In the uninstall programs window, look for any suspicious/recently-installed applications, select these entries and click "Uninstall" or "Remove".

After uninstalling the potentially unwanted application, scan your computer for any remaining unwanted components or possible malware infections. To scan your computer, use recommended malware removal software.

Remove rogue extensions from Internet browsers:

Video showing how to remove potentially unwanted browser add-ons:

Internet Explorer logoRemove malicious add-ons from Internet Explorer:

Removing rogue extensions from Internet Explorer step 1

Click the "gear" icon Internet Explorer options icon (at the top right corner of Internet Explorer), select "Manage Add-ons". Look for any recently-installed suspicious browser extensions, select these entries and click "Remove".

Removing rogue extensions from Internet Explorer step 2

Optional method:

If you continue to have problems with removal of the covid19 warning alert tech support scam, reset your Internet Explorer settings to default.

Windows XP users: Click Start, click Run, in the opened window type inetcpl.cpl In the opened window click the Advanced tab, then click Reset.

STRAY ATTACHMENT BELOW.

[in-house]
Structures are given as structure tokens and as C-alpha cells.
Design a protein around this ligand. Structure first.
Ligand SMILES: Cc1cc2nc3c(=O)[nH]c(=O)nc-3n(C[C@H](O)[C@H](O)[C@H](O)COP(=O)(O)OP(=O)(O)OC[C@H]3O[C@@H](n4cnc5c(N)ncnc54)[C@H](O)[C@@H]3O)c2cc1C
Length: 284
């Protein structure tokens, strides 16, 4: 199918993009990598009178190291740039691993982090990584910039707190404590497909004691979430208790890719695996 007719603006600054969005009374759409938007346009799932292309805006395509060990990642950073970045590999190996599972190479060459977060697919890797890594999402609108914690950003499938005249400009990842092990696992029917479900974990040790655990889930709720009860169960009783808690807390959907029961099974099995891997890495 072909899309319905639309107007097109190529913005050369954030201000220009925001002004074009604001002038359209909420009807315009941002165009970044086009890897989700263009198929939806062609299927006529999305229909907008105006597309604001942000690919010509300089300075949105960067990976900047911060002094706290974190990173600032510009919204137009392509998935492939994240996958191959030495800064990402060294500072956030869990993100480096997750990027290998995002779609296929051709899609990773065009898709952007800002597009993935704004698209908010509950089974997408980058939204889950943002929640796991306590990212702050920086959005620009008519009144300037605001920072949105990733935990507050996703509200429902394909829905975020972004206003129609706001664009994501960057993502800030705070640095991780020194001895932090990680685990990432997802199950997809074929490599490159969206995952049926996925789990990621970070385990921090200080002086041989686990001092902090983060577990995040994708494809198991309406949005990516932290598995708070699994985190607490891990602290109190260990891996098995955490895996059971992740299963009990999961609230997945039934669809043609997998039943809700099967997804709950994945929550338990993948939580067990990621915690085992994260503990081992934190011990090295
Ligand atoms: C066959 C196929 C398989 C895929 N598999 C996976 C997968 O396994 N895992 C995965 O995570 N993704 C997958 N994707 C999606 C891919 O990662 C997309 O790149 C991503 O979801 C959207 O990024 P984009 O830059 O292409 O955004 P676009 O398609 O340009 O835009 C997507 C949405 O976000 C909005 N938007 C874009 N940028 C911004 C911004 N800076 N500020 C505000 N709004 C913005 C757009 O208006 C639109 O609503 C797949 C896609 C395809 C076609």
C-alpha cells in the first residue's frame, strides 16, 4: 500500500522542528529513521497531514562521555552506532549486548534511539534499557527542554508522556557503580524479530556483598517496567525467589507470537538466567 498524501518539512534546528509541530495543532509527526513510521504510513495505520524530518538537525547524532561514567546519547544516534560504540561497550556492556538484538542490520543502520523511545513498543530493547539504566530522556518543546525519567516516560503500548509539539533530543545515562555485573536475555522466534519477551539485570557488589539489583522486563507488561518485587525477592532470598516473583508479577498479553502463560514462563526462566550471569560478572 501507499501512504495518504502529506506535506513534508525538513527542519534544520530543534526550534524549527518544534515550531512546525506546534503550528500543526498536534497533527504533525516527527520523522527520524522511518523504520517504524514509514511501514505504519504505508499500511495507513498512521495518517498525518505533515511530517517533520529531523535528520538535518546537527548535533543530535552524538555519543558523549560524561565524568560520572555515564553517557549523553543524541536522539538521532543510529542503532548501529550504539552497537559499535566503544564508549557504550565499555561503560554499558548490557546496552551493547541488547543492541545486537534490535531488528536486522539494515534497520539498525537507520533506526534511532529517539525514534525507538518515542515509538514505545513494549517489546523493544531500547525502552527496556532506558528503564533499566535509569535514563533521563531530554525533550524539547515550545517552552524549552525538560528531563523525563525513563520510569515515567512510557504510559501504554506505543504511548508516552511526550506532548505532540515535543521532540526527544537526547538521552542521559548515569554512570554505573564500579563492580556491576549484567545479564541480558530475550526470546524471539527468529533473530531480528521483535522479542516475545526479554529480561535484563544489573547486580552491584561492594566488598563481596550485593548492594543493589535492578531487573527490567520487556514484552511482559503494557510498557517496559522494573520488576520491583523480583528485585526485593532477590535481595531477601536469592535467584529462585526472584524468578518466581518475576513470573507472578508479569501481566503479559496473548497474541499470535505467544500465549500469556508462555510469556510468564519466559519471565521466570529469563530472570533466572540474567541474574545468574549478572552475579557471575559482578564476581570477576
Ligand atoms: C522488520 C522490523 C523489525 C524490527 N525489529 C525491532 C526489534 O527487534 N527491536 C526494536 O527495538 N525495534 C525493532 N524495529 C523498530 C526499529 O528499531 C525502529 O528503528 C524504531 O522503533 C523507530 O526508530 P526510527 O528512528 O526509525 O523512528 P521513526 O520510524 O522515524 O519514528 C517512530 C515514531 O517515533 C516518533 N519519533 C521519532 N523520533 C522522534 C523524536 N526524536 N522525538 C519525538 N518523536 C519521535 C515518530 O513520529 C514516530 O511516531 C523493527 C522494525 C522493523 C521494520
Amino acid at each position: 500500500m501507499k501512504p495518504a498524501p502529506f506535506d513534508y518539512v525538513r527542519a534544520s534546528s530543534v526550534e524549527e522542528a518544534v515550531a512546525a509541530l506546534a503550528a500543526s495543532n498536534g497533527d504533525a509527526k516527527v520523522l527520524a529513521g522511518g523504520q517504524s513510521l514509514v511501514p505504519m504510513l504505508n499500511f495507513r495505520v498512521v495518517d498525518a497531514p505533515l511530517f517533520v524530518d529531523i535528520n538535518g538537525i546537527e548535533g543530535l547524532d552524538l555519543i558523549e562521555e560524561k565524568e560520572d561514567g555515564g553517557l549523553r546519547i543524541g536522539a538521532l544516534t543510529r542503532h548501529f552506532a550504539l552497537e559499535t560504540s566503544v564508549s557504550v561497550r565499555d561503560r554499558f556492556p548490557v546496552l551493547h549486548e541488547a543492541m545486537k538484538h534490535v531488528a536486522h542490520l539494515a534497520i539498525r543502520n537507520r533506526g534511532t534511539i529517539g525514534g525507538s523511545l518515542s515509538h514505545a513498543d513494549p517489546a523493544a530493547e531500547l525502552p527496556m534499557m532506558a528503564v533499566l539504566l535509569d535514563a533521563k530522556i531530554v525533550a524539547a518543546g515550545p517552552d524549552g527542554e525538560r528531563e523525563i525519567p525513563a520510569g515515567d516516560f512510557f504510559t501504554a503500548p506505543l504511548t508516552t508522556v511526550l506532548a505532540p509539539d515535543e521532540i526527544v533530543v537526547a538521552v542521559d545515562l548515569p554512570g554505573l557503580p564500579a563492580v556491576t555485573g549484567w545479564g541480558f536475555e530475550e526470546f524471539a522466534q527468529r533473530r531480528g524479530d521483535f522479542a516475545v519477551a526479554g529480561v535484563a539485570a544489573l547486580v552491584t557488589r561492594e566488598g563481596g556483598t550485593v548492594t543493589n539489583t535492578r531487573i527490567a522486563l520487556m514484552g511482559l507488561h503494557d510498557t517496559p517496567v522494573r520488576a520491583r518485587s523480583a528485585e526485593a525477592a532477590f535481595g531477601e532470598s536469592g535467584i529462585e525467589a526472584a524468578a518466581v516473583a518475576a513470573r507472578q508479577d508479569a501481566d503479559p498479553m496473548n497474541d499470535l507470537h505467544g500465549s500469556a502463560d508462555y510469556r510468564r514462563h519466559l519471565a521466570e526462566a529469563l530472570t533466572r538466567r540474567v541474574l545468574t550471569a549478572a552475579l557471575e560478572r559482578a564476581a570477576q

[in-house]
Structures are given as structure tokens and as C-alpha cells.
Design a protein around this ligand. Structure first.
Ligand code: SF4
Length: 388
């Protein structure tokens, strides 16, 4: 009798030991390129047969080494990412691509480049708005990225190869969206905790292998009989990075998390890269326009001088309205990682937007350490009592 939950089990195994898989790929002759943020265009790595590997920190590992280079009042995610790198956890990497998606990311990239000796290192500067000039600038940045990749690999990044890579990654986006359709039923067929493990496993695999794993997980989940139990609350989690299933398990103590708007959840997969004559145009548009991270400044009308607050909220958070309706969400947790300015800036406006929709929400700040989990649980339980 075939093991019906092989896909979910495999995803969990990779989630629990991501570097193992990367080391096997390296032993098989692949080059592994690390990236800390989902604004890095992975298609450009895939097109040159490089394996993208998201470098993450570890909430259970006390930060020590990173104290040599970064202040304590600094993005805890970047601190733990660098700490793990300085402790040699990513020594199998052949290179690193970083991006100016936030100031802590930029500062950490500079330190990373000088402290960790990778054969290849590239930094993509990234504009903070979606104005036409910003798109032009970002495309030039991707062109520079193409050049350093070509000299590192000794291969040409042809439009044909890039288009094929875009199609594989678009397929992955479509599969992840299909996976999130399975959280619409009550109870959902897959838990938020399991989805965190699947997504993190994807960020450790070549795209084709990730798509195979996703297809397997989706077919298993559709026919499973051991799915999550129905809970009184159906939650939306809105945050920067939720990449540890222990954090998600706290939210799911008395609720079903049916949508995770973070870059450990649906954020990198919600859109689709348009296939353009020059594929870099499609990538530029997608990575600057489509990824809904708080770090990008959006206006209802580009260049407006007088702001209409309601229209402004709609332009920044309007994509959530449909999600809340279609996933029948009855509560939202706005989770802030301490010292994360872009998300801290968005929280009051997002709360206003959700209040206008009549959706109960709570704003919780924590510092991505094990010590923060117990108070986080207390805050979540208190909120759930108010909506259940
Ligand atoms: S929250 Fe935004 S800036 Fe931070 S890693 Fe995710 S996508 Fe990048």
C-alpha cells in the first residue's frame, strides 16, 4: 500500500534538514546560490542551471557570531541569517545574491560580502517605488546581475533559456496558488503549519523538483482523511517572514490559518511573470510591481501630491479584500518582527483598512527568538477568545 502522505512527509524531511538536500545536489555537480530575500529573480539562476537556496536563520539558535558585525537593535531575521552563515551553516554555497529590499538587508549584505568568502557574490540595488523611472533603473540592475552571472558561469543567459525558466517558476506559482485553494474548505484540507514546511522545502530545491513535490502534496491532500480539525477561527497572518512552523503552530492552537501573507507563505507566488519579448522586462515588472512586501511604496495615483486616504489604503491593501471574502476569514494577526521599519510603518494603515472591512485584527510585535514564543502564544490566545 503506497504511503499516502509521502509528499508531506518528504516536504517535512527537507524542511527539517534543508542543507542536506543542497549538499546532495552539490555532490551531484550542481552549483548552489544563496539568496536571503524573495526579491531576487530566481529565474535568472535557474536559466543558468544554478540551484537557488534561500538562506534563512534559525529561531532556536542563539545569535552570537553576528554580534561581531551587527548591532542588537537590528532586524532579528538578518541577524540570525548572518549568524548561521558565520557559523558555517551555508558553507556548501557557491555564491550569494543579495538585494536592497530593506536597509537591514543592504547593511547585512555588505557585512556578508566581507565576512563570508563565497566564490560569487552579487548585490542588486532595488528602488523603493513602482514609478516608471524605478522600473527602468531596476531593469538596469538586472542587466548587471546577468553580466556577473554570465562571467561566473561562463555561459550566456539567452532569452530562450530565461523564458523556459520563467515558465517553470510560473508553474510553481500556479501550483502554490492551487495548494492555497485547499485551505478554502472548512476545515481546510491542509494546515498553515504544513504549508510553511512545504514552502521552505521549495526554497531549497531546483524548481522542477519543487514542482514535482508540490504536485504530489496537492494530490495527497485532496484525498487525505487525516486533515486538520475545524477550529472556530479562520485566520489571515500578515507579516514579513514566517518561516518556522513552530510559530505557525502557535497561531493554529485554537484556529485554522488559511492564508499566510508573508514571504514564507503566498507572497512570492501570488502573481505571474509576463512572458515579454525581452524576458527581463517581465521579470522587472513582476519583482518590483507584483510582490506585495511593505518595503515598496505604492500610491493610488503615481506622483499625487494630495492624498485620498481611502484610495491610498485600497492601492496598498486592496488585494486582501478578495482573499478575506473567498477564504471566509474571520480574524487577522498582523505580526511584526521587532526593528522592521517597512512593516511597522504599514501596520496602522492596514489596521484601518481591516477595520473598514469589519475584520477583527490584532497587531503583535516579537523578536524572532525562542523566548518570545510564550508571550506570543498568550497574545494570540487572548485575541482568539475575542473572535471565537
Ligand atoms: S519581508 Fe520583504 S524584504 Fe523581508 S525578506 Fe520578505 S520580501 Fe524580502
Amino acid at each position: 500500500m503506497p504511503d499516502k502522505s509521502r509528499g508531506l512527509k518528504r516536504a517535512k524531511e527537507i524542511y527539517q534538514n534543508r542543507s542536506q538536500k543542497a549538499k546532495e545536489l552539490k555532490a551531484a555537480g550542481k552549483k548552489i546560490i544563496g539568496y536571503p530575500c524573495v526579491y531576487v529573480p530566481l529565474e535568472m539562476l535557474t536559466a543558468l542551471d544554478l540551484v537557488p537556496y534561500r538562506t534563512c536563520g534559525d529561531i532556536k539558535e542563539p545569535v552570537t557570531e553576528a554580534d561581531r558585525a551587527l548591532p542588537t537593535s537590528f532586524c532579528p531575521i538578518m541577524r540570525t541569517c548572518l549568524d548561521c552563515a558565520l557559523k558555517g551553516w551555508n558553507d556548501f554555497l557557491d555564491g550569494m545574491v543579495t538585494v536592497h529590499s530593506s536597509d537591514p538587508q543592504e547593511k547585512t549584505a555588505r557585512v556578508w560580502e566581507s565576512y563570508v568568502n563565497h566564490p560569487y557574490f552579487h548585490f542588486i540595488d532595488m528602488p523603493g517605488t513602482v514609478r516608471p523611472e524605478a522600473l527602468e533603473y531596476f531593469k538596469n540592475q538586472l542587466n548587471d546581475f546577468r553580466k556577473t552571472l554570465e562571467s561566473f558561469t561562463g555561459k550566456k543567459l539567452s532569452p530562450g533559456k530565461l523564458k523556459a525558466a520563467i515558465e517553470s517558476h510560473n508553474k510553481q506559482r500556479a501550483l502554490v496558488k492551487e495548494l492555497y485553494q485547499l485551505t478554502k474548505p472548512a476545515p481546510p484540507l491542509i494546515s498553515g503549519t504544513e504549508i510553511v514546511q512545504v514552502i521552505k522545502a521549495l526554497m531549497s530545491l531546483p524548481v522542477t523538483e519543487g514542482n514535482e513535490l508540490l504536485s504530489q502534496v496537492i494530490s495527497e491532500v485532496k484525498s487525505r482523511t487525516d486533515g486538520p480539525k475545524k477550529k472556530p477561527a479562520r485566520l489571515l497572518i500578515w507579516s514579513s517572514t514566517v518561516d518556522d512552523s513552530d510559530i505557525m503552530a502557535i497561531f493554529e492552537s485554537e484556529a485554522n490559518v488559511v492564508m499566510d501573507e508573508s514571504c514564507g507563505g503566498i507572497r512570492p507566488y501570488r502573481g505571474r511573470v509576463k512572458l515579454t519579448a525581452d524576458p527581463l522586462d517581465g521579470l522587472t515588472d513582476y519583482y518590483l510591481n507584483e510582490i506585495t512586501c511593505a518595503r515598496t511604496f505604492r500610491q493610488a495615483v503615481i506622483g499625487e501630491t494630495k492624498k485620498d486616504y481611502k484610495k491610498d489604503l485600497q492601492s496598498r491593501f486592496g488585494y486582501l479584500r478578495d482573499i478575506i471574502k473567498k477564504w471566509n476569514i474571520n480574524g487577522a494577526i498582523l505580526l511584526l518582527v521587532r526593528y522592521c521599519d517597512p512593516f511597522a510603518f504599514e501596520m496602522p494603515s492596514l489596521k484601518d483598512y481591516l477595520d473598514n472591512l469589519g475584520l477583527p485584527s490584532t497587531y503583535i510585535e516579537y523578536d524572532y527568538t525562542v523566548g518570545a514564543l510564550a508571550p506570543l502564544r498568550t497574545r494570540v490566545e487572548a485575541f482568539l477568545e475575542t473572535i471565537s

Resetting Internet Explorer settings to default on Windows XP

Windows Vista and Windows 7 users: Click the Windows logo, in the start search box type inetcpl.cpl and click enter. In the opened window click the Advanced tab, then click Reset.

Resetting Internet Explorer settings to default on Windows 7

Windows 8 users: Open Internet Explorer and click the gear icon. Select Internet Options.

Reseting Internet Explorer settings to default in Windows 8 - accessing

In the opened window, select the Advanced tab.

Resetting Internet Explorer settings to default on Windows 8 - Internet options advanced tab

Click the Reset button.

Resetting Internet Explorer settings to default on Windows 8 - click the Reset button in the Internet options advanced tab

Confirm that you wish to reset Internet Explorer settings to default by clicking the Reset button.

Resetting Internet Explorer settings to default on Windows 8 - confirm settings reset to default by clicking the reset button